Case studies will present the initial problem, discuss all the actionable items that your organization set, talk about the process, and present the results. They will include raw data and numbers if applicable rather than just the emotional value found in a testimonial.
Testimonial Videos and Case Study Videos Still Overlap
While I’ve done my best to distinguish between testimonials and case studies, there is significant overlap. Testimonial videos are certainly more powerful when a client is articulate about the beginning, middle, and end of their experience or the specific results they saw. Case studies can also be more stimulating when an emotional aspect of the situation is communicated.
A good example of the difference would be a testimonial video vs. a case study video for an HVAC company that focuses on saving clients money. In the company’s testimonial video, the customer would talk briefly about how fast, efficient, and helpful the company was during the process. They might talk about the great customer service or friendly employee they encountered that made the experience enjoyable. A case study video would show the raw data of the problem the customer presented to the company juxtaposed with the data showing just how effective the company was at solving the problem – “the client went from paying X amount of dollars a month to only Y amount!”
Having Both Testimonials and Case Studies is Most Effective
You might be thinking that having both testimonial videos and case study videos seems like overkill, but it’s important to recognize that your audience is full of people with different personalities and preferences. While some customers might find it more stimulating and persuasive to hear about the emotional effects of your services and products, others might just need to see the numbers. It’s best to offer both so that you aren’t alienating one huge section of your prospects.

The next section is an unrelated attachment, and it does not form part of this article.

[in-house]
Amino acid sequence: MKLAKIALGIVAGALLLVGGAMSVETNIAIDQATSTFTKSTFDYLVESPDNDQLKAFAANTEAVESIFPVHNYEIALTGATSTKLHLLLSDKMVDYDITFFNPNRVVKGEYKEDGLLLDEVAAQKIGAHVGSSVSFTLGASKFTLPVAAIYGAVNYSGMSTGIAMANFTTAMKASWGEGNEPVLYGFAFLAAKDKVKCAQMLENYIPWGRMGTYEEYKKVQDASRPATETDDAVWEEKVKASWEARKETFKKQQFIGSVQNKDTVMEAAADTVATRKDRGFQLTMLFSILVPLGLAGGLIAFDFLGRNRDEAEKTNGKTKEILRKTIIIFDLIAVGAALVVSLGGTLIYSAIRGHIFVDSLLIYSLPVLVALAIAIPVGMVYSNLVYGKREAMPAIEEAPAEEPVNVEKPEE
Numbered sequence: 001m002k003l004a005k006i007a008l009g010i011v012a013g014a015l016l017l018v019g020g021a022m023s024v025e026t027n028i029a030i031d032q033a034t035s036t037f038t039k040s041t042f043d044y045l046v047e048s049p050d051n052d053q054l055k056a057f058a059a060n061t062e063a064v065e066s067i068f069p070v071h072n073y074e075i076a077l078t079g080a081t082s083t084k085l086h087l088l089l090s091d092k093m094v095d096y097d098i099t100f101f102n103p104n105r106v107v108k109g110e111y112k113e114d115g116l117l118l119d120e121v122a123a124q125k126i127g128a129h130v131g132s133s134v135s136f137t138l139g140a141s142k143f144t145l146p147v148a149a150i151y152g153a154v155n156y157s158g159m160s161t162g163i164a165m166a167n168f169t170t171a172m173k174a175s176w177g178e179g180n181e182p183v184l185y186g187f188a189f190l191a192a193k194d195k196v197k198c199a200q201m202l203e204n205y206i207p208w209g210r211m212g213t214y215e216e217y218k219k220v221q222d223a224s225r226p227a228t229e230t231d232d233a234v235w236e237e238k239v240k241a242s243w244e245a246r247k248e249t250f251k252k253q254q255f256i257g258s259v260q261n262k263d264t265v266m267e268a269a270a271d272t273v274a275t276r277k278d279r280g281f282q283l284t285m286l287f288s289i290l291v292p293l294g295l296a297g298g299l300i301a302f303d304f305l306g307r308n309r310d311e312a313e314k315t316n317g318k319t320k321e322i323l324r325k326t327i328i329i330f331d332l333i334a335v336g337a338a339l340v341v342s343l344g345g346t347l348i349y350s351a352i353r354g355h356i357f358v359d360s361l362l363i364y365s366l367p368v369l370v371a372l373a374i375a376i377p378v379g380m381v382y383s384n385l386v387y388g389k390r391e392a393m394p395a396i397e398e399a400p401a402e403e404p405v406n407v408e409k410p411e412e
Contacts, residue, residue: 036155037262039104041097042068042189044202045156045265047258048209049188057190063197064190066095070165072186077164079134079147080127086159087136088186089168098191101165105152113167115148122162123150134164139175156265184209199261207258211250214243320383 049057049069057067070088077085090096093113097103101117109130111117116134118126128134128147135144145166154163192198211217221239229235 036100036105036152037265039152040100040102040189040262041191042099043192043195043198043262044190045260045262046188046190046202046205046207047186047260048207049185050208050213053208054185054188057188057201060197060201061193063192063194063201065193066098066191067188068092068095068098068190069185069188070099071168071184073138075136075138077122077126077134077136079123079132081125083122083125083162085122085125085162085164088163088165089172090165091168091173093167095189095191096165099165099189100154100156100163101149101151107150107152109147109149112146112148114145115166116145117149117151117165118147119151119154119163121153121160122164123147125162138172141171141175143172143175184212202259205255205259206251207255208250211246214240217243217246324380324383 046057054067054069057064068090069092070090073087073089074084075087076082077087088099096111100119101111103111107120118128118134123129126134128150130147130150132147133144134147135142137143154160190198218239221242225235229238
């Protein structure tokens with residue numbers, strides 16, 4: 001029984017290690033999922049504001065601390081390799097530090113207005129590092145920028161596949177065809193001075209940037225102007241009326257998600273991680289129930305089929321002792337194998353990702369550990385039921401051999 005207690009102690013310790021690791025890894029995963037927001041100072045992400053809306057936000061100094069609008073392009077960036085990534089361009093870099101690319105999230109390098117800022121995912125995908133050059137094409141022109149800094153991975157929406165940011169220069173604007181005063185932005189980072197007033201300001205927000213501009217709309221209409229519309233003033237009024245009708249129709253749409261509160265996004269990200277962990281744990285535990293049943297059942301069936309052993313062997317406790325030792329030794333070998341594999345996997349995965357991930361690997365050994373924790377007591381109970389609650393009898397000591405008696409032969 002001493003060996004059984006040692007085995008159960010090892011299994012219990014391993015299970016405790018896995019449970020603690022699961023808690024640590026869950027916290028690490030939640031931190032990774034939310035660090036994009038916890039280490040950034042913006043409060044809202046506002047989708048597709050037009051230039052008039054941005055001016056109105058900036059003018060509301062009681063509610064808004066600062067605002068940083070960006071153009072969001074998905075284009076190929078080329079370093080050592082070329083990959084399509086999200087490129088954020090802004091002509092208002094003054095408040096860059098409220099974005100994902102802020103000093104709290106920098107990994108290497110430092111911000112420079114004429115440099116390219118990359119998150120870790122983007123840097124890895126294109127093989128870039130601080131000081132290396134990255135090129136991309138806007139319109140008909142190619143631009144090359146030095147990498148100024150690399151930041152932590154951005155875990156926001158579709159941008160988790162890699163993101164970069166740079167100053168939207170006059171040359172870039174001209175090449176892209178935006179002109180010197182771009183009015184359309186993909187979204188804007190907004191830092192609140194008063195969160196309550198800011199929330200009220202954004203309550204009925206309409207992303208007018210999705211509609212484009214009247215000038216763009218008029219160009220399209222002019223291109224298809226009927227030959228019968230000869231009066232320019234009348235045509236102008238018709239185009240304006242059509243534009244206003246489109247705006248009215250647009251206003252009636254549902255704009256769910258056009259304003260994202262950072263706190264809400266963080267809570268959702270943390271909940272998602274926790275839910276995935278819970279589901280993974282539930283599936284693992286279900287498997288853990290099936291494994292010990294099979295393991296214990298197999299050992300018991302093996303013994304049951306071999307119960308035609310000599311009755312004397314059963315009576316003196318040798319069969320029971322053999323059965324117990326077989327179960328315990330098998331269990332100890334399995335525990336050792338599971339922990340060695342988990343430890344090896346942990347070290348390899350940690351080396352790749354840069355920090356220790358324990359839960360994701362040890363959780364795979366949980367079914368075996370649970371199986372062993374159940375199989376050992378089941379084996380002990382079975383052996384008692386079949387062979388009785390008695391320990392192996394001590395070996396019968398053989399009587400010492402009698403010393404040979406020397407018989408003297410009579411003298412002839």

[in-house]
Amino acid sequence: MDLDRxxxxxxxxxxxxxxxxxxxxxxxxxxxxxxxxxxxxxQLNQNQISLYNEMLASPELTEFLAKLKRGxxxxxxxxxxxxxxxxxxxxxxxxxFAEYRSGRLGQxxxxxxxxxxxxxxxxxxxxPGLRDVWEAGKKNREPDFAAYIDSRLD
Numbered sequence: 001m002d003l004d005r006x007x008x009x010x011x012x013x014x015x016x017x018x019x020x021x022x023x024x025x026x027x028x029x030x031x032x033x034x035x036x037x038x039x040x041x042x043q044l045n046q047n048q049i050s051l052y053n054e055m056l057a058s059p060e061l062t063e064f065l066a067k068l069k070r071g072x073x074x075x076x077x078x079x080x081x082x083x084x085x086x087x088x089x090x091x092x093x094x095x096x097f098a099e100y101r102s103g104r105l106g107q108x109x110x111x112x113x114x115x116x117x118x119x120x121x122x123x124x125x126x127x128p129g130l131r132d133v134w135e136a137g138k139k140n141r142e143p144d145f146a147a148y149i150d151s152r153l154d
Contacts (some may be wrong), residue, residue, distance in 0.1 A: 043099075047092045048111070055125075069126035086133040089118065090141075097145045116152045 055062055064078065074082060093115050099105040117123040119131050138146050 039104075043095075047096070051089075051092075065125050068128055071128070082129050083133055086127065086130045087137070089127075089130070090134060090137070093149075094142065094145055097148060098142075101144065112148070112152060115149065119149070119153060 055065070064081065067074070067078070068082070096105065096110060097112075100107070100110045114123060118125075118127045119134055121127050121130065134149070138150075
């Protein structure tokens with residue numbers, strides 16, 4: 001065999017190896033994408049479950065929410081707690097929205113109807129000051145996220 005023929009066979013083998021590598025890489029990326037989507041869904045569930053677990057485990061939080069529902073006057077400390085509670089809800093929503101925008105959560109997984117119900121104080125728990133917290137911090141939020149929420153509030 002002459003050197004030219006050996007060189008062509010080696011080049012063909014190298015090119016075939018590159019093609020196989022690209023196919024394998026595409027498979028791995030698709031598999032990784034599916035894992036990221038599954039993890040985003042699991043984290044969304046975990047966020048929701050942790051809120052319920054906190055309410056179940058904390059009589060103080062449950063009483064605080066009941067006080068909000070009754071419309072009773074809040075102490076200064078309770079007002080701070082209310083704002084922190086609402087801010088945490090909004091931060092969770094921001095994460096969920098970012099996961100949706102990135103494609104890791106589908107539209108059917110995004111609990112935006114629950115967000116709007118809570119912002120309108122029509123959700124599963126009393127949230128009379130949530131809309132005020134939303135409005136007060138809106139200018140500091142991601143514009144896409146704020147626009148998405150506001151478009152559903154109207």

If you’re interested in seeing some examples of testimonials and case study videos, you can browse our reviews page.
Looking to start building up a catalog of testimonial videos and case study videos for your organization? Contact Monzo Media Productions to get started.
With any creative service business, one of the most significant considerations in partnership is the price. Of course, budgets and pricing matter – you should never sign on for more money than you can afford no matter how great that company might be for your project. At the same time, fishing for a business that will come under budget for your project only for the sake of saving money can present its own host of problems.
Before we get too far, Monzo Media Productions is not a law firm, so this blog does not offer any legal advice. Instead, I want to help you realize that contracts are more than just pricing. It’s wonderful if a business can fit into your budget, but it’s important that expectations beyond the budget are discussed at length before you sign the contract.
What Else Is In A Creative Service Contract?